Police Bear

by Anna Anthropy


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2 of 5 people found the following review helpful:
The 99 % go 70's, January 2, 2012
by Felix Larsson (Gothenburg, Sweden)
Related reviews: satire

This is a miniature piece of political satire. You play Officer Cubby, the cuddly police bear, whose tolerance is hard tried by anti-capitalist protesters. How much can he bear? Can he stop from going bear-serk?

Though belonging to different ends of the politicial spectrum, "Police Bear" nevertheless has a few things in common with "Burn the Koran and Die": both are very short, on-rails pieces, whose whole raison d'Ítre is their respective satirical political points (which are quite clear from the beginning); I guess "Police Bear" can be just as offensive to some who don't agree with the tendency of it as "Burn the Koran and Die" was to everyone who didn't agree with its tendency (after all, people can take offense at anything); I certainly hope "Police Bear" is objectively no less unfair than "Burn the Koran and Die" was (or the future bodes no good for the USA); and -- oddly -- both games feature a policeman as the bad guy (a fact I know not what to make of) ...

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Ghalev, December 30, 2011 (updated January 2, 2012) - Reply
I kept thinking "Burn the Koran and Die" while playing it, too. And, regardless of where anyone sits politically, they both make exactly the same mistake as games, which is to say, they're NOT games. Neither has any real choice or real exploring to offer, or any attempt at real perspective. Both lack subtlety, both lack grace, both lack any apparent interest in providing the player with an experience other than being hammered over the head with a simplistic perspective (and so, as far as I'm concerned, both fail as satire, as well, because without at least some of those things, the work becomes too thin-spirited to carry satiric impact).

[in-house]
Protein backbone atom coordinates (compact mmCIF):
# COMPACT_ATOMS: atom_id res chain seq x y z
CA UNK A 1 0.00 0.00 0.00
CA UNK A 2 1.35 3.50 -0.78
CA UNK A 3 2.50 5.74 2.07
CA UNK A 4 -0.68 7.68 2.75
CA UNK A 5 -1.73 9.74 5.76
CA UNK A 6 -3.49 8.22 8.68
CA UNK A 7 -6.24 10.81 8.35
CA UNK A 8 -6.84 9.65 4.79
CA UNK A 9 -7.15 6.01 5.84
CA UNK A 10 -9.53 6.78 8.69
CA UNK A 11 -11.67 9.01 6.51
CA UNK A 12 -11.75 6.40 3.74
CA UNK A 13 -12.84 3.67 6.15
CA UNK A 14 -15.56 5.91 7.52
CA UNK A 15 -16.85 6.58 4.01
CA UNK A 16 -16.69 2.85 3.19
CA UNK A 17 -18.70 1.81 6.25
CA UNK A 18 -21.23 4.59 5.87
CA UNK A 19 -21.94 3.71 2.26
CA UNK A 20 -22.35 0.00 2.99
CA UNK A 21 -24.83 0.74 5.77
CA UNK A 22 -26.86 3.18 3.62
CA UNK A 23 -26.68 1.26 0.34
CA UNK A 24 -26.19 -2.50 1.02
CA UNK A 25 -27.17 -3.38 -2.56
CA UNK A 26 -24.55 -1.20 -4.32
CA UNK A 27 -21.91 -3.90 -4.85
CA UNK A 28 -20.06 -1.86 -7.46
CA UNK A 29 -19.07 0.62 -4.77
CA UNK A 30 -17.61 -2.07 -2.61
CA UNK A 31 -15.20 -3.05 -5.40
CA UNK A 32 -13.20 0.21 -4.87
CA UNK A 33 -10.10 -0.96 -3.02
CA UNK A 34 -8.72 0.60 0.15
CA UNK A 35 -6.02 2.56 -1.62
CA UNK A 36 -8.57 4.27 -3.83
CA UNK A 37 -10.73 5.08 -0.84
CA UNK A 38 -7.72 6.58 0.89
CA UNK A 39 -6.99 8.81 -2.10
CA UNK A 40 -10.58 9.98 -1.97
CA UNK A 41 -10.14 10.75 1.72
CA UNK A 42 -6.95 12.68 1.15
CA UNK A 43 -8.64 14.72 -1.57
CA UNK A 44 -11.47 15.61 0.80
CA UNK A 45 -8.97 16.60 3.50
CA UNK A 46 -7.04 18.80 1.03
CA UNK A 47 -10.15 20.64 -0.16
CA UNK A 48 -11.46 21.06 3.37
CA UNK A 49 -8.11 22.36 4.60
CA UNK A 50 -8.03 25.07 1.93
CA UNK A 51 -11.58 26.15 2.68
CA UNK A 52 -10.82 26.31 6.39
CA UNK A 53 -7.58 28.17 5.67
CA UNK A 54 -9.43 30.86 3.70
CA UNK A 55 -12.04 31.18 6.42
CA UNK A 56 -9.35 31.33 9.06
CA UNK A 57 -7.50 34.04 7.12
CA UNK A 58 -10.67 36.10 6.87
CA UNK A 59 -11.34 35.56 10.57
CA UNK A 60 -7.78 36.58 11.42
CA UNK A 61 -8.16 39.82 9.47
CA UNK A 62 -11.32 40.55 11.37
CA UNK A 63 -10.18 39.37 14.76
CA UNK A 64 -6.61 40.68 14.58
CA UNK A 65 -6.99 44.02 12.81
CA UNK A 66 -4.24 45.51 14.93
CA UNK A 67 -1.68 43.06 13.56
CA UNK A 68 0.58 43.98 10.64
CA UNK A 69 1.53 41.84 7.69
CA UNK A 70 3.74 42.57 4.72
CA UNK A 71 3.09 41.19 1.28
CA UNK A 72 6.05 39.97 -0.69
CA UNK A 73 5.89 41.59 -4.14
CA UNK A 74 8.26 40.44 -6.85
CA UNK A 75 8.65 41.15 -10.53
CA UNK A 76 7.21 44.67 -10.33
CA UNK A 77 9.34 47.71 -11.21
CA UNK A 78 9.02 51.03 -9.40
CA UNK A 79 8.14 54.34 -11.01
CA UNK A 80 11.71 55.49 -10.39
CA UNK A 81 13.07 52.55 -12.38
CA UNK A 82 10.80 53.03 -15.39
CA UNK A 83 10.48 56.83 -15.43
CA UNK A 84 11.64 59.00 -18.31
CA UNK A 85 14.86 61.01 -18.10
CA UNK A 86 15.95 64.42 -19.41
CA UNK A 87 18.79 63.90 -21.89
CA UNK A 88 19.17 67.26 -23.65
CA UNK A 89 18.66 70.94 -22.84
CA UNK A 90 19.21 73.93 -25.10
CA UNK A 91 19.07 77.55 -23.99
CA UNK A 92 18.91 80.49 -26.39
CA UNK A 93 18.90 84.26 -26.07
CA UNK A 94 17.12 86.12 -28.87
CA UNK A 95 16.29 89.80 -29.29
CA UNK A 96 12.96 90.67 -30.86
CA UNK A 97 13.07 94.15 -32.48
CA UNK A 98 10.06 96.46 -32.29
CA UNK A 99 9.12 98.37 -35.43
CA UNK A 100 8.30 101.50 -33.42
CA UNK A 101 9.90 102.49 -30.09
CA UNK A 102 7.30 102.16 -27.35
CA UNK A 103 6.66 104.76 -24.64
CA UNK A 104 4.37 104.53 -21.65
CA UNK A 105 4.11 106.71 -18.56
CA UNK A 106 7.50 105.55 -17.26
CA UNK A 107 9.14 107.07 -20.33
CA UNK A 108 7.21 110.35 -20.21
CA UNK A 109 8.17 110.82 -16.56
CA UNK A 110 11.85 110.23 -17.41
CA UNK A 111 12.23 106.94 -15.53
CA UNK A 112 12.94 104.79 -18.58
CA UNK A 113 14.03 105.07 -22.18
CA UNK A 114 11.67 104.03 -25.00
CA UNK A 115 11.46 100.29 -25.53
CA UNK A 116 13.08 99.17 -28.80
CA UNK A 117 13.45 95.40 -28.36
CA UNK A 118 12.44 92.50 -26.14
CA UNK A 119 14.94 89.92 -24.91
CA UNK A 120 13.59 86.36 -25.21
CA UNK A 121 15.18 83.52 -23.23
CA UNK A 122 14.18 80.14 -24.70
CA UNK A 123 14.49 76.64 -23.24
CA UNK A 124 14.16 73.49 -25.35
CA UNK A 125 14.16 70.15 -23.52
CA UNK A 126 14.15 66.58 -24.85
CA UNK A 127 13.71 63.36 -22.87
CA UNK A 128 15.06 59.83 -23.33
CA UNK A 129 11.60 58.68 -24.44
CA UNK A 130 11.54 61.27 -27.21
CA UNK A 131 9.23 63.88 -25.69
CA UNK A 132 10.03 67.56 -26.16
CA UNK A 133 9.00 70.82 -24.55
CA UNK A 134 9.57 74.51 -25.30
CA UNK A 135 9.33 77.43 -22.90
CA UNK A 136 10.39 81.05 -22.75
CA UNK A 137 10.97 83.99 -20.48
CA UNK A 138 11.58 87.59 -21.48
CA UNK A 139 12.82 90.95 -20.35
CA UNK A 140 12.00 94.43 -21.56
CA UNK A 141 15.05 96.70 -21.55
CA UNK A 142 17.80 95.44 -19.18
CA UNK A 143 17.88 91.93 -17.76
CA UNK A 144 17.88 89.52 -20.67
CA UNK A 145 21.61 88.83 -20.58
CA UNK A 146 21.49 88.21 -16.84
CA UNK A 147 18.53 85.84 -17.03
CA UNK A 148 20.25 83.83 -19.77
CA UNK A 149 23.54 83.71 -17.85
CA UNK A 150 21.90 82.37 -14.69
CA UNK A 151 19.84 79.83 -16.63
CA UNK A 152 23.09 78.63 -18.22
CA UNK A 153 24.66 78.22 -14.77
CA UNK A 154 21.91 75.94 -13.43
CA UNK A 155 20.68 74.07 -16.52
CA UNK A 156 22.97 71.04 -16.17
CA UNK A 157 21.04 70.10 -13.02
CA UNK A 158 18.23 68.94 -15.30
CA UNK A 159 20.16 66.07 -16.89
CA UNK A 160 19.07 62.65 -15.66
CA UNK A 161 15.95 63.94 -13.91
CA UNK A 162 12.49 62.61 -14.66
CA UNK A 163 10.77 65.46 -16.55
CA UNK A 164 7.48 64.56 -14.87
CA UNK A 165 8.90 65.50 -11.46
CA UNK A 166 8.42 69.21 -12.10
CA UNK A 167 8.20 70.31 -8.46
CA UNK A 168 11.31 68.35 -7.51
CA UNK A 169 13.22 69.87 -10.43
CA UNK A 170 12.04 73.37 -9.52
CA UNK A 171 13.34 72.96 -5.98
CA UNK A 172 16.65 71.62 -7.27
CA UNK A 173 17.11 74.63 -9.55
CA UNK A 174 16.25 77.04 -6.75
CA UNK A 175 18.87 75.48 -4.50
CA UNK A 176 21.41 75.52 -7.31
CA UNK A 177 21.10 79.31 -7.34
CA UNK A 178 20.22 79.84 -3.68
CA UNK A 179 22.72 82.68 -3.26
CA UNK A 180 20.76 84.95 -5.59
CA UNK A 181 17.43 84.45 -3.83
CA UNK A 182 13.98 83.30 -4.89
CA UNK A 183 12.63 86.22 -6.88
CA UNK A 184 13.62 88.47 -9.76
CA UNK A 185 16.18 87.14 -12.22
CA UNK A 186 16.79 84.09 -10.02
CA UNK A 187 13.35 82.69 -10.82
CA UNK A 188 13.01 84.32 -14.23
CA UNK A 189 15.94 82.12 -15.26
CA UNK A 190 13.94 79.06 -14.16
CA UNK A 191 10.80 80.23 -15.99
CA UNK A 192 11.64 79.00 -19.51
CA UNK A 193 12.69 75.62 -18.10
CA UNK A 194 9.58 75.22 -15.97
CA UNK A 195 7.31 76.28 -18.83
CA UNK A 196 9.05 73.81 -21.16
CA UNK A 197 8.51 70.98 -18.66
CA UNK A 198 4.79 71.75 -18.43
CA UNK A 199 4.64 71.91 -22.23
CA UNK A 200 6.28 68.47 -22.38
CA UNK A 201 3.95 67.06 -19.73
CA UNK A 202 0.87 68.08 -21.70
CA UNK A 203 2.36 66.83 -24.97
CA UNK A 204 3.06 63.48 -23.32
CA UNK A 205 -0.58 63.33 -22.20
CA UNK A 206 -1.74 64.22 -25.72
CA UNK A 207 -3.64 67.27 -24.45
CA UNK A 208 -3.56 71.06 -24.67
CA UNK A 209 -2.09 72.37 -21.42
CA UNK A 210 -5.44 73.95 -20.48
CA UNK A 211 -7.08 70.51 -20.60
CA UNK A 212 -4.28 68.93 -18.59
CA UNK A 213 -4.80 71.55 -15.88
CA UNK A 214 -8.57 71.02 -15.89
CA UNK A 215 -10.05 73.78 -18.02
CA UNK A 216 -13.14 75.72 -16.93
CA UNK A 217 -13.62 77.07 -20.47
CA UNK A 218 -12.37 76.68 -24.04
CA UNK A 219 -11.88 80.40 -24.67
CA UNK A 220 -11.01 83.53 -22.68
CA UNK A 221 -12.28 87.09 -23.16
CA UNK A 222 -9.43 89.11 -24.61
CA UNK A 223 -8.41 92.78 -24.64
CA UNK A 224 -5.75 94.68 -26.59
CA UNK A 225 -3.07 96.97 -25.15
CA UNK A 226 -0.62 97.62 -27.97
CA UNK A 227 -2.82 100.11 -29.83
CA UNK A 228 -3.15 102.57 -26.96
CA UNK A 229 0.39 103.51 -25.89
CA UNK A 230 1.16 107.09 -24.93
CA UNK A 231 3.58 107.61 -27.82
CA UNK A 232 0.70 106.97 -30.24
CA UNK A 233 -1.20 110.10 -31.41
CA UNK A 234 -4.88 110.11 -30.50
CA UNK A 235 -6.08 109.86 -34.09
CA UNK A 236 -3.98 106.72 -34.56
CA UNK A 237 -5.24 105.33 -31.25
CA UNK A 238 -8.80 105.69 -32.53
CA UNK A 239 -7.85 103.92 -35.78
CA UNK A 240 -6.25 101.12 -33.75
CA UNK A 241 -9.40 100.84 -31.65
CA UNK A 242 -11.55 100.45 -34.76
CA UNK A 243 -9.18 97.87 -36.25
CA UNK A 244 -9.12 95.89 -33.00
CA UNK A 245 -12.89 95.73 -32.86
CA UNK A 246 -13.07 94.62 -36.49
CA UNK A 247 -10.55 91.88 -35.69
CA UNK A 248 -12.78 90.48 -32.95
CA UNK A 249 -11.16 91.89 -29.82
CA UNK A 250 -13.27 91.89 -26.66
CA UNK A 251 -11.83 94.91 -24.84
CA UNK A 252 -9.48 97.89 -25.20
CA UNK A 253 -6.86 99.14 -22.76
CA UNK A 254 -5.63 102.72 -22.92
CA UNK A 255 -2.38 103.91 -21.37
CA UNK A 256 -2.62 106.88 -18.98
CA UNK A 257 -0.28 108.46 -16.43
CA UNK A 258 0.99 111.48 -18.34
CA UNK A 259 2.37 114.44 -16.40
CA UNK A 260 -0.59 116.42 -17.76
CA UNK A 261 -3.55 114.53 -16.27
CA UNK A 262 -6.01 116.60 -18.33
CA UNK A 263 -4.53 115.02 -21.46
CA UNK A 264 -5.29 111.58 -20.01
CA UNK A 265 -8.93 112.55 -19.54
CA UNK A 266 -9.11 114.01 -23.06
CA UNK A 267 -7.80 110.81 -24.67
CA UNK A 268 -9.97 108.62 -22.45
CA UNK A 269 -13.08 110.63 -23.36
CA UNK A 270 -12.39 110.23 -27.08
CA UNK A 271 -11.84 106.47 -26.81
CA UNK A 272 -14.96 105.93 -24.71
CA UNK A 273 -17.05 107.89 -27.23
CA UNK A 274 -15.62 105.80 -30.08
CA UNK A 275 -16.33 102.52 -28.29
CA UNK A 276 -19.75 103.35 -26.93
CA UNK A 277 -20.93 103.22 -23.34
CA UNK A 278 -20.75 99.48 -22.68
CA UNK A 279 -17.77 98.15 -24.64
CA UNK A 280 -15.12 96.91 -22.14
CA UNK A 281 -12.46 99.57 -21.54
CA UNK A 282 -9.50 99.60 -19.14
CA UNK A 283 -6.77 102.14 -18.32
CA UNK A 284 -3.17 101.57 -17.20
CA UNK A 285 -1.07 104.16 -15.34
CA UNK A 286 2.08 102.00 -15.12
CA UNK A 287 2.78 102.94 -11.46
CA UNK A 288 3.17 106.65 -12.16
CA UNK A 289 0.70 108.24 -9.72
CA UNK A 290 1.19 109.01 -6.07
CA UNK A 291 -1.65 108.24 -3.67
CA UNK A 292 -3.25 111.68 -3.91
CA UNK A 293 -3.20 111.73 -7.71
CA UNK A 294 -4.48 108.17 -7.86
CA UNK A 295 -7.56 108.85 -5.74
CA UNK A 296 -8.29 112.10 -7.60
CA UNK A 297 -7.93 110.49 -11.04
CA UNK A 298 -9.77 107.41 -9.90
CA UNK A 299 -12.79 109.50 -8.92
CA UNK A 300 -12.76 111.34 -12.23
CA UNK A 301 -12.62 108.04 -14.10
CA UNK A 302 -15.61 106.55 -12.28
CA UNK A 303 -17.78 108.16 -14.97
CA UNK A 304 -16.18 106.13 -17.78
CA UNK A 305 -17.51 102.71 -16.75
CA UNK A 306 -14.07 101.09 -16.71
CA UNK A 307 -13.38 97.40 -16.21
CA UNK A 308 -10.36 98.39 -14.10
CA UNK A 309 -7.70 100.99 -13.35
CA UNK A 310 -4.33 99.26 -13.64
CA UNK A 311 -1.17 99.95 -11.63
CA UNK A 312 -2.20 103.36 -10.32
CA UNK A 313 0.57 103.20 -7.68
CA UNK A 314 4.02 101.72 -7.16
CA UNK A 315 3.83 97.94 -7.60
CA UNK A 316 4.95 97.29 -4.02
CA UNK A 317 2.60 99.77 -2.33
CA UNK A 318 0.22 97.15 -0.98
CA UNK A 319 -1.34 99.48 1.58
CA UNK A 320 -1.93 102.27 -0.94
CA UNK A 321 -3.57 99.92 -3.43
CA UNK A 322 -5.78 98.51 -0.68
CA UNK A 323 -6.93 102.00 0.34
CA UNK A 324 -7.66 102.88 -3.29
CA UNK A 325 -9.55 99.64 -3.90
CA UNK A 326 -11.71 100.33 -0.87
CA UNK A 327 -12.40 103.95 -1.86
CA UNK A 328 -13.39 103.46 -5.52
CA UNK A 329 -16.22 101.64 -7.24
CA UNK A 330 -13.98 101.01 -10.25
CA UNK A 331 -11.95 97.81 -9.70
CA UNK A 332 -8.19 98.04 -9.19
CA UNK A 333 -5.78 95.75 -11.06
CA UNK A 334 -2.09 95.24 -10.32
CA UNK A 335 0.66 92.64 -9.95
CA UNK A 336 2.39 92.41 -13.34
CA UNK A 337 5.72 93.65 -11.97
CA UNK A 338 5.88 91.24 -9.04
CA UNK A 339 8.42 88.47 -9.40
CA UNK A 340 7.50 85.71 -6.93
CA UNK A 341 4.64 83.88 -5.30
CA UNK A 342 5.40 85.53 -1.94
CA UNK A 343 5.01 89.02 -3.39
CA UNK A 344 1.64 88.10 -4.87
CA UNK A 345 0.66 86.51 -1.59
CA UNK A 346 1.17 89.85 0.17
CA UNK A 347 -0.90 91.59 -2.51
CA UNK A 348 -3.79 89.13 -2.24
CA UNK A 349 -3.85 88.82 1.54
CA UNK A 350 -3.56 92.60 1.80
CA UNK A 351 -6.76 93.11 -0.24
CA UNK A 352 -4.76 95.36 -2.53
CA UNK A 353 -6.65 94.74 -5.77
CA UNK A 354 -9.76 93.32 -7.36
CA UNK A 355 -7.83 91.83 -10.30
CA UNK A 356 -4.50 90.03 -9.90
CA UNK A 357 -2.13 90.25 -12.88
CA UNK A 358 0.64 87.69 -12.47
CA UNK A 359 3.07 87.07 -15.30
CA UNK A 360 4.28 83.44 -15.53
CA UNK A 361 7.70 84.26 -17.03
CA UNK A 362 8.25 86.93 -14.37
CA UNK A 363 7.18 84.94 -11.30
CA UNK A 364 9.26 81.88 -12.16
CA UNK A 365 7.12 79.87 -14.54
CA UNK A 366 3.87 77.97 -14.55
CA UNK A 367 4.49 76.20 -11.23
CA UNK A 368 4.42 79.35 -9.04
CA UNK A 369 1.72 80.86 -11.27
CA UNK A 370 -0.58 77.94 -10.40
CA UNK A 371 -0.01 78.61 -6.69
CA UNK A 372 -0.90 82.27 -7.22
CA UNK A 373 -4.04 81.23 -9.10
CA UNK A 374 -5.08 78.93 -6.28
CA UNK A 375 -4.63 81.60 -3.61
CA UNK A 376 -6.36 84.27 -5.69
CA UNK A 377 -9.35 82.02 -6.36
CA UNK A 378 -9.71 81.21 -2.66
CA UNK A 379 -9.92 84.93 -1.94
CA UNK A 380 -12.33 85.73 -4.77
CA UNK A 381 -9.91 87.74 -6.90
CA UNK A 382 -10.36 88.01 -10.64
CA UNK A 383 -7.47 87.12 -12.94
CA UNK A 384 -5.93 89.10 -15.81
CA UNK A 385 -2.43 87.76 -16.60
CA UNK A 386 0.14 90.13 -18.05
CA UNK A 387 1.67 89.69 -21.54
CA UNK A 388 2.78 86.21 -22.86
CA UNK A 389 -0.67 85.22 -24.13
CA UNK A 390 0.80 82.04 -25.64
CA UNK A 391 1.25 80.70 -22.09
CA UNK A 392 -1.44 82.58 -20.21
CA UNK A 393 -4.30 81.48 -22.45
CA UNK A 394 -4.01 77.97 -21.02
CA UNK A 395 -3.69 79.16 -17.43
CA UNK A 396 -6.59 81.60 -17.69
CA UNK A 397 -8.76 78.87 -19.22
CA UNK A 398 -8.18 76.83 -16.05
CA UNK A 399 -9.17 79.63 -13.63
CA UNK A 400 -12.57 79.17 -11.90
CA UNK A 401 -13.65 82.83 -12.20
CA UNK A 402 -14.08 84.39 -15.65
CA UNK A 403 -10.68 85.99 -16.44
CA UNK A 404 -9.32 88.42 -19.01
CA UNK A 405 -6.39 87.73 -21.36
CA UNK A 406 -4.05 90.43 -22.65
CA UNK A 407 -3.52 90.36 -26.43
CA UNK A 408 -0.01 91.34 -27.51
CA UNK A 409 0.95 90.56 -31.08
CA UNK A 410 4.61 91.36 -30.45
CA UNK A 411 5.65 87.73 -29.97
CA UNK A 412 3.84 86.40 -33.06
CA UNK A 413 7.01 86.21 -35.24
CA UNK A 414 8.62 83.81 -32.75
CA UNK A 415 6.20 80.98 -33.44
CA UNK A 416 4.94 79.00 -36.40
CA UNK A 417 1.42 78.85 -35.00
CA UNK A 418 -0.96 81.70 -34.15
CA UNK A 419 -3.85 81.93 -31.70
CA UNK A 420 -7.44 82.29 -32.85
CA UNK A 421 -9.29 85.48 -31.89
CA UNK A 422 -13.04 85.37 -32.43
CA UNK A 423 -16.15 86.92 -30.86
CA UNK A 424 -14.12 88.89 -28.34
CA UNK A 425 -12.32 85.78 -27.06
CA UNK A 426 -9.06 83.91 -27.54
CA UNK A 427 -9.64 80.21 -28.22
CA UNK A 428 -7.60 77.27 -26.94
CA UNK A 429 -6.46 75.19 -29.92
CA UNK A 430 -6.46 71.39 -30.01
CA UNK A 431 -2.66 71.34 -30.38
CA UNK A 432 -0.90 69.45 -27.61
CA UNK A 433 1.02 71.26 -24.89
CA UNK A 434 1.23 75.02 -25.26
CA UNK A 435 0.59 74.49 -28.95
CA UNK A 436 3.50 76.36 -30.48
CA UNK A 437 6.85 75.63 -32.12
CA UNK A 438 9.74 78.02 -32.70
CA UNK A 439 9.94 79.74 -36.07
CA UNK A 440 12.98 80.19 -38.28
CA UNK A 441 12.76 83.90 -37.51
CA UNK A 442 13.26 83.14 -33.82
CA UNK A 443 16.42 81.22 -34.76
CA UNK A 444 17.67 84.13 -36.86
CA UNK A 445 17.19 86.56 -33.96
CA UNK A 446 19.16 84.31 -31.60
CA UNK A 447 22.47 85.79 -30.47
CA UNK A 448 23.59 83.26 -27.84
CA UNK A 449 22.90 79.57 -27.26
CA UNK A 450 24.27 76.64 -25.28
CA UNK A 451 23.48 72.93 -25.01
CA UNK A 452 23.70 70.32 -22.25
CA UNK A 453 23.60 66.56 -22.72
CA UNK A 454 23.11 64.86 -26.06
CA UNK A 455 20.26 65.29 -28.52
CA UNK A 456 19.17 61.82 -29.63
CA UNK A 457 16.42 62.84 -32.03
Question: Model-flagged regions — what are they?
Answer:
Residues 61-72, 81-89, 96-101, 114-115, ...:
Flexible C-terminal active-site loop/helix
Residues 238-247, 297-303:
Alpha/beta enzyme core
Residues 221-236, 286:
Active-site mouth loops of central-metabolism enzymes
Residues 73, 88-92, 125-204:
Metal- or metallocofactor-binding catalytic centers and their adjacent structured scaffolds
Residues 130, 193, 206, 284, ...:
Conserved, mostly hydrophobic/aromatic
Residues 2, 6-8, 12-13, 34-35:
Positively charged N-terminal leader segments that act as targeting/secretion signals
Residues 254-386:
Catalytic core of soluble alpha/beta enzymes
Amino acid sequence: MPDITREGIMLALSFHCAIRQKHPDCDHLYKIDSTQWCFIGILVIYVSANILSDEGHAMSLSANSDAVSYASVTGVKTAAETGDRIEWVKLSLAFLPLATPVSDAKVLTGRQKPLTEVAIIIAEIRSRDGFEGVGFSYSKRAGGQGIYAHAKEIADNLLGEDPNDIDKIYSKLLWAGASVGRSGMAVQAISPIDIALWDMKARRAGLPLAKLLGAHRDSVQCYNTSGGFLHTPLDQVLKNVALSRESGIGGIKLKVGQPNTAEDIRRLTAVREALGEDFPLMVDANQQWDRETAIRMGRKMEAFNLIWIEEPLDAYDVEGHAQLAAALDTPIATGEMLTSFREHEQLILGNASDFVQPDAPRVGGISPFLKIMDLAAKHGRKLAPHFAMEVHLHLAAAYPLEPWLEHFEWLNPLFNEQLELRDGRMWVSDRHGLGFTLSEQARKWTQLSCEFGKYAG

katz, January 2, 2012 - Reply
At least police brutality is a thing that happens, whereas recent quran-burners in the US remain conspicuously alive.

Putting the game from the perspective of the police officer is also a better choice, since one of the most grating aspects of BTKAD is the protagonist's solipsistic whining.

But yes, they're both obnoxious polemics of no interest to anyone who doesn't already agree. Or anyone who does, for that matter.
AmberShards, January 10, 2012 - Reply
*laughs* Of course, if you removed "in the US" from your statement, it would be a monstrous lie. But we all know that it can't happen here. Of course. Never here. Just the very idea is too shocking to contemplate!

You also missed the fact that the game was satirical. The US is not Europe...yet.

You disliked the perspective of the main character and what he had to say. Ok. Strangely, you can't move on. If you were really uninterested, you wouldn't have bothered to poop on the game in a thread about another game. And oh, if the game is of no interest to people who agree with its perspective, how exactly would you know? Did you interview everyone who does agree with its perspective? *laughs*

Doesn't free speech suck? It would be much easier if people you didn't like couldn't express themselves, you know. At the very least, such horrible things like these games should not be expressed PUBLICLY. There should be laws against them...


That was my silver bullet, etched with a smile. Bang. Plonk.
Felix Larsson, January 11, 2012 (updated January 14, 2012) - Reply